Desalination plants in Valencia are operating at a third of their capacity

Desalination plants in Valencia are operating at a third of their capacity

The existing desalinated water plants in the Valencian Region (Sagunte, Torrevilla, Orbisa, Motxamil and Moncova), operated by the Aigües de les Conques Mediterrànies Societat Mercantil Estatal (Acuamed), are still far from reaching their maximum compound production · lada and therefore, with the potential Giving part of its volume to other population groups far from the geographical area in which it was installed. Thus, the Sagunto desalination plant, one of the largest desalination plants in the Mediterranean, has sufficient capacity to meet the request made by the Spanish government, which is already preparing to transport water by boat to Barcelona from the Camp de Mourvedre facility to meet the emergency. The situation is due to water shortages due to drought in Catalonia. The central government and the Catalan government will pay half the cost of transportation by watercraft from Sagunto to the Catalan capital.

According to Acuamed's latest annual report, corresponding to 2022, the above-mentioned Valencia desalination plants ended the year with a global production of 48.19 cubic hectares, against a potential installed capacity of 128.4 cubic hectares, a figure representing just over a third of their production. Possibilities.

Incremental installation

Currently – we will see what happens from 2024 after months of severe rainfall shortages throughout the Valencian region – the Sagunto desalination plant, which started operating in 2018, has produced only 0.16 cubic meters in 2022, against an annual capacity of 8 hectares. This road can serve more than 120,000 users in the Camp de Morvedre area. For this reason, the central government resorted to it to solve the emergency situation due to the drought in Catalonia.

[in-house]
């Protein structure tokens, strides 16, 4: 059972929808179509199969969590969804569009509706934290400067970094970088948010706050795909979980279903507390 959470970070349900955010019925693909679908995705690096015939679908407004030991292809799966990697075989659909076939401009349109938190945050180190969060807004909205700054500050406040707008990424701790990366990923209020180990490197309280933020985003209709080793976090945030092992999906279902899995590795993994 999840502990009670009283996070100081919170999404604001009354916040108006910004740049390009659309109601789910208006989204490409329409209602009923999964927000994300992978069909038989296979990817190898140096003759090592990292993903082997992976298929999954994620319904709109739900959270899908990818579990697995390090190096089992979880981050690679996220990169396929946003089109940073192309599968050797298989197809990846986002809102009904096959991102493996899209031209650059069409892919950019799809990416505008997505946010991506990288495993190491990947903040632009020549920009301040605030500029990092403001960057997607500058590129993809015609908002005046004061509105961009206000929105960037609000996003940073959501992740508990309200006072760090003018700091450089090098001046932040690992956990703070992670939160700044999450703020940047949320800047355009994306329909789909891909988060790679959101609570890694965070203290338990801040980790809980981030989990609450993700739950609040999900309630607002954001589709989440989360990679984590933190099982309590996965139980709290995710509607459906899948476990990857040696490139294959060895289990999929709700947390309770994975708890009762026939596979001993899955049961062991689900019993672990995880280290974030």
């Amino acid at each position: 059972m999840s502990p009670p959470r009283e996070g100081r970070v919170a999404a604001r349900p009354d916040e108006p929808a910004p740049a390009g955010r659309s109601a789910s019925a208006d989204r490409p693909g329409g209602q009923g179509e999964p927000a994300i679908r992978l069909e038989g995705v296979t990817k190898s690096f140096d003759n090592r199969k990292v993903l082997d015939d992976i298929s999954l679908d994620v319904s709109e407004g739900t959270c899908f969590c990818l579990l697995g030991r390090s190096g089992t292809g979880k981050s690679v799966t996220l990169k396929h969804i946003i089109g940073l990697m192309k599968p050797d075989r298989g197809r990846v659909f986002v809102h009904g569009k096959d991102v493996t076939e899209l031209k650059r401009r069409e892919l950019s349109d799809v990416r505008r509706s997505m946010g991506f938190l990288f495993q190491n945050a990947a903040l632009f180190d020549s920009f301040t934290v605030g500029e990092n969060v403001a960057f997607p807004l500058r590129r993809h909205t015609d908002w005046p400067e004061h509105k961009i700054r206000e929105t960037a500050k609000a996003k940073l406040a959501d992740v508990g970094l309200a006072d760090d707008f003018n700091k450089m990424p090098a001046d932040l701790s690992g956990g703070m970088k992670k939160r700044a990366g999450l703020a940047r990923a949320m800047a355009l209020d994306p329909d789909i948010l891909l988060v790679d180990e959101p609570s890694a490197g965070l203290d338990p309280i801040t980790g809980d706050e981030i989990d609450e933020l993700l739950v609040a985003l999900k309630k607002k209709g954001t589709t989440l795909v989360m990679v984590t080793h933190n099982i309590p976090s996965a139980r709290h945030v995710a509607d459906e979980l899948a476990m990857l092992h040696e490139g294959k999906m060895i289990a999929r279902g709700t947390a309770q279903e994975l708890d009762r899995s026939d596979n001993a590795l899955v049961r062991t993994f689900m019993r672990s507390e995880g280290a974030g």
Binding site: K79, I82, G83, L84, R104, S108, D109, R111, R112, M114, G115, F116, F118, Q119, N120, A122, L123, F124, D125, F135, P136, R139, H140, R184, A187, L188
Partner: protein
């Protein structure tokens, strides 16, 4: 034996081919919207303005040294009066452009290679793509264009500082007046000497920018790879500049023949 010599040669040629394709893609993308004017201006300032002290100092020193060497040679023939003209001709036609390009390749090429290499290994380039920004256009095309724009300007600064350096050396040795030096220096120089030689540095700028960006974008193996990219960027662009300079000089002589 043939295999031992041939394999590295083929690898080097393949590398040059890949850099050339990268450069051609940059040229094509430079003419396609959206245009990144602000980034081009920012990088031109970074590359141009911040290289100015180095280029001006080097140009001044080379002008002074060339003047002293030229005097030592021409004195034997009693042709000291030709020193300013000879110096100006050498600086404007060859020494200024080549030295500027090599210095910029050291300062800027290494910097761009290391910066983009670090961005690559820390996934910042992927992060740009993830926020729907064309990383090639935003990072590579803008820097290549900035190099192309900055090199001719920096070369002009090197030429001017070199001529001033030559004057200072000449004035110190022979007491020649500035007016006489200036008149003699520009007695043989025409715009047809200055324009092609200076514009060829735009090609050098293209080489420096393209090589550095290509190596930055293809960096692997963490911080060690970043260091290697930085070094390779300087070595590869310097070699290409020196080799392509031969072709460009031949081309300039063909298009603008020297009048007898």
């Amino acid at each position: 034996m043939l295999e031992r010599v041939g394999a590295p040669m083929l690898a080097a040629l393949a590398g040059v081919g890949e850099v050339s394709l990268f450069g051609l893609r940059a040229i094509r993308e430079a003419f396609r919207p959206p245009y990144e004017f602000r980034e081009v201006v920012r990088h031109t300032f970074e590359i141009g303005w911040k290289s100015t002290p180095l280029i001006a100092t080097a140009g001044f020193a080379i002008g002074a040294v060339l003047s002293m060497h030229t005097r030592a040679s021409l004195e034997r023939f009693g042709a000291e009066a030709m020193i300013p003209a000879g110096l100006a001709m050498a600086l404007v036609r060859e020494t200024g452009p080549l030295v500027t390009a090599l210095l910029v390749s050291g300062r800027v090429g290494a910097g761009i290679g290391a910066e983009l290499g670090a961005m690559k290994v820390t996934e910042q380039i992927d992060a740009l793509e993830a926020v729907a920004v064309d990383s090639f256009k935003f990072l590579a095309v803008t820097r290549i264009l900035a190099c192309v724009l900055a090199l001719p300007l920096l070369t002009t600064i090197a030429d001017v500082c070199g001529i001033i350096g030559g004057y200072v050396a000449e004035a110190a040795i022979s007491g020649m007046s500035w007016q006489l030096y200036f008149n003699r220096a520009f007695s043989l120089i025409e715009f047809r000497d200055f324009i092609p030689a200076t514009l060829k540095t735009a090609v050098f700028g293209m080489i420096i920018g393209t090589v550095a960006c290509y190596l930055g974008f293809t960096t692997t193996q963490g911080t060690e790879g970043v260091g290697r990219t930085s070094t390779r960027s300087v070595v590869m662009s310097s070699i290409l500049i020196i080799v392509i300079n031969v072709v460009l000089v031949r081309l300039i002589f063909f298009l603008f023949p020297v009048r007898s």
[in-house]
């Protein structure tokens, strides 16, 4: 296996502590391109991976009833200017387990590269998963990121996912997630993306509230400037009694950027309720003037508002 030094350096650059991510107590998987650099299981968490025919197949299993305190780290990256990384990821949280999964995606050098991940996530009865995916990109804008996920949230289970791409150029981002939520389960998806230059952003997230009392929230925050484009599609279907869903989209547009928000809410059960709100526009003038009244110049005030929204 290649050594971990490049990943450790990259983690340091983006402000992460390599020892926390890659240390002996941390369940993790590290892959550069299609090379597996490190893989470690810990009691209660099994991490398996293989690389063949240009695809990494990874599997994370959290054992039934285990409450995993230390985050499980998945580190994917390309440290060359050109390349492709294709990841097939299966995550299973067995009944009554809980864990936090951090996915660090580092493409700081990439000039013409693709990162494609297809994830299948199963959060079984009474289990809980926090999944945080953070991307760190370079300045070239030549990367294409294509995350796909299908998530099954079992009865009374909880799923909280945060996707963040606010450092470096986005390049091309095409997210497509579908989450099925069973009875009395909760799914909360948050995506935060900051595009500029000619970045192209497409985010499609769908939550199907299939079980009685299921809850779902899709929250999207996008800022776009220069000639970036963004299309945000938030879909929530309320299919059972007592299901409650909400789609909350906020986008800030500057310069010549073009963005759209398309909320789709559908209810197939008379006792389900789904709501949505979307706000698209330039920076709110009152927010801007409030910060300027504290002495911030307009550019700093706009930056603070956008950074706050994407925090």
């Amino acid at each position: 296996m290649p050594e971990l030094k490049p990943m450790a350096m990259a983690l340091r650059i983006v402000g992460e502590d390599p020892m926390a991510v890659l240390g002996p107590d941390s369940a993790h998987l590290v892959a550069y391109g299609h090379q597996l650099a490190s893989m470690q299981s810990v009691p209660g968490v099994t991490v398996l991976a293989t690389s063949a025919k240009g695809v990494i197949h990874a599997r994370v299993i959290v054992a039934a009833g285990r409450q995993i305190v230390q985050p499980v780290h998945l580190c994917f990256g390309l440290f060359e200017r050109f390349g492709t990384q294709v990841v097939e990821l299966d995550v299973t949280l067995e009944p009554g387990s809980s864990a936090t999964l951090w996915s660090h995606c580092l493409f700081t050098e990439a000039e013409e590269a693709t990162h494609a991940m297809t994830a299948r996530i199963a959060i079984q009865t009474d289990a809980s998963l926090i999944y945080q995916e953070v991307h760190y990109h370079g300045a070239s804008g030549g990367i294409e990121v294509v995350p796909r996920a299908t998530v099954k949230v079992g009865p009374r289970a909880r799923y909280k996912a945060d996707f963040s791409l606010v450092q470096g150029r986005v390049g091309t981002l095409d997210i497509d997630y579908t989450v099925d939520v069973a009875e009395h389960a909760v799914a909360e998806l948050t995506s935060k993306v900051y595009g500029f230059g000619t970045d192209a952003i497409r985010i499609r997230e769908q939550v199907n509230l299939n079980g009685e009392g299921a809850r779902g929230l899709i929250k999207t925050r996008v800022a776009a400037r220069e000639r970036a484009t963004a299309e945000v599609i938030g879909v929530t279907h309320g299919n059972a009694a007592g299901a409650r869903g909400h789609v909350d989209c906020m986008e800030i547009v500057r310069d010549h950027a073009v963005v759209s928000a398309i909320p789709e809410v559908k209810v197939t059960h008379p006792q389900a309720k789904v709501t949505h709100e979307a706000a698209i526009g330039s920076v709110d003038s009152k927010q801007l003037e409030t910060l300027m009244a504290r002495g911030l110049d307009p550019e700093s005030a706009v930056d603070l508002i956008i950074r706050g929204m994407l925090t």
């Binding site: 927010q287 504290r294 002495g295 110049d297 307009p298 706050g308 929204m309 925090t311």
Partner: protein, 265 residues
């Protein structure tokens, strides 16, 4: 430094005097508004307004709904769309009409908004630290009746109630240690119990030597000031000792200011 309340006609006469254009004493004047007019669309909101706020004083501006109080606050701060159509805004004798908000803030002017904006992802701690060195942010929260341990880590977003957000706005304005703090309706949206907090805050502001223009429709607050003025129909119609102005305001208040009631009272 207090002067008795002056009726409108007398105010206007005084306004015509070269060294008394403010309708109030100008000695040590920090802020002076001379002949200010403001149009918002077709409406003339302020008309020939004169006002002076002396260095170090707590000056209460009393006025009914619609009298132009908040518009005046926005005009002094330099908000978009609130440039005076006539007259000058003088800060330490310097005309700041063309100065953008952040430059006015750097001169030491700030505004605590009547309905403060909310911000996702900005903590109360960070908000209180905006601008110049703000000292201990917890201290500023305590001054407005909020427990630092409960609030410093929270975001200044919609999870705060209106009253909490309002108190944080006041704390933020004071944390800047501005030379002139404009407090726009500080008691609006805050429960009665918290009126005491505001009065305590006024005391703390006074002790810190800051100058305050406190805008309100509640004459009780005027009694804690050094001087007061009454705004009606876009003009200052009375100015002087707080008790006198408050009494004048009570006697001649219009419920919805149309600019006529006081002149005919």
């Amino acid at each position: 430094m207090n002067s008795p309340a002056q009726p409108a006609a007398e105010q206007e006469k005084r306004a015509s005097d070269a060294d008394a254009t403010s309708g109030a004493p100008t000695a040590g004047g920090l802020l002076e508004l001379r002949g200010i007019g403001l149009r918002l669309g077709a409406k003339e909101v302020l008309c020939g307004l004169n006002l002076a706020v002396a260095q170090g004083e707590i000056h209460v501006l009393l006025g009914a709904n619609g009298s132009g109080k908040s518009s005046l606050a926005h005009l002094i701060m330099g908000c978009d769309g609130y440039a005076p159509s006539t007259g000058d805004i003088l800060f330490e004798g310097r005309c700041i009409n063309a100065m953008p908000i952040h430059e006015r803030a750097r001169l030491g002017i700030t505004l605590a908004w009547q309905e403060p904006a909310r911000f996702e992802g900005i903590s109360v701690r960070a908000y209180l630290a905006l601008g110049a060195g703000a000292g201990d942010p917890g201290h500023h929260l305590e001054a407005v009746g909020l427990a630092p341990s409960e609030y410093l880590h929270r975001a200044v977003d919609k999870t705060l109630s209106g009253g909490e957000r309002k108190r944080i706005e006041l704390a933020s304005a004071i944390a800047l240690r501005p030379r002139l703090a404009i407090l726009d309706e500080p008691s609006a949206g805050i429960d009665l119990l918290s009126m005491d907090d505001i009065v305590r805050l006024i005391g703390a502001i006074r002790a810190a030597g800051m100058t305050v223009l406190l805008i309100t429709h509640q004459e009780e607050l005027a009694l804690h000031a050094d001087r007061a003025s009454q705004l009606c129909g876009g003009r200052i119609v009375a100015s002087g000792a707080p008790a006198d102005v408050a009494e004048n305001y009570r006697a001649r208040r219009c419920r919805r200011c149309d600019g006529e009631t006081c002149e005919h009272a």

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Acuamed operates the system that includes the Xúquer-Turia Canal Dam, the Paterna Pumping Station and its regulating reservoir in Sagunto, all connected by connecting pipes. In addition, the Xúquer Hydrographic Union has carried out works of public interest and reserve flow in the Contreras Reservoir.

Acuamed, which employs dozens of workers at its center in Sagunto, will have to provide this work center with more human resources when the state company linked to the Ministry of Environmental Transition launches a plan to increase its production of transporting water in boats from the port of Sagunto to Catalonia. Sources from this ministry estimate that up to seven cubic hectares could be sent during the summer of 2024.

Currently, a total of 765 desalination plants with a production capacity exceeding 100 cubic meters per day have been installed in Spain. Of these, 360 are seawater, and 405 are brackish water. The Valencian Region owns, in addition to the above-mentioned Aquamed plants, other farms in Chabia (municipality) and Alicante (state). The store in Torrevella is, by far, the one that handles the largest volume and one of the largest companies in Europe. In fact, it is one of those whose capacity will increase according to the plans of the Ministry of Environmental Transformation. The latter, according to Acuamed's balance sheet, produced 36.4 cubic meters of water for irrigation and supplies, almost half its annual capacity (80 cubic metres), expandable to more than 120.

Less production

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Meanwhile, the plant in Motxamil, which will have a production capacity of 6.91 hectares in 2023, is almost at its capacity limits (8 hectares); The Orbisa field produced 4.56 cubic hectares of supply water, but could reach 21.5 cubic hectares. The underperforming unit in Moncova produced 0.22 cubic hectares intended to supply residents, far from its potential volume of 10.9 cubic hectares.

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Overexploitation of groundwater aquifers has led to a tripling of the use of desalinated water compared to the previous decade. The summer drought required extraordinary resources, rising from 30 cubic hectares in 2015 to 100 cubic meters in 2019.

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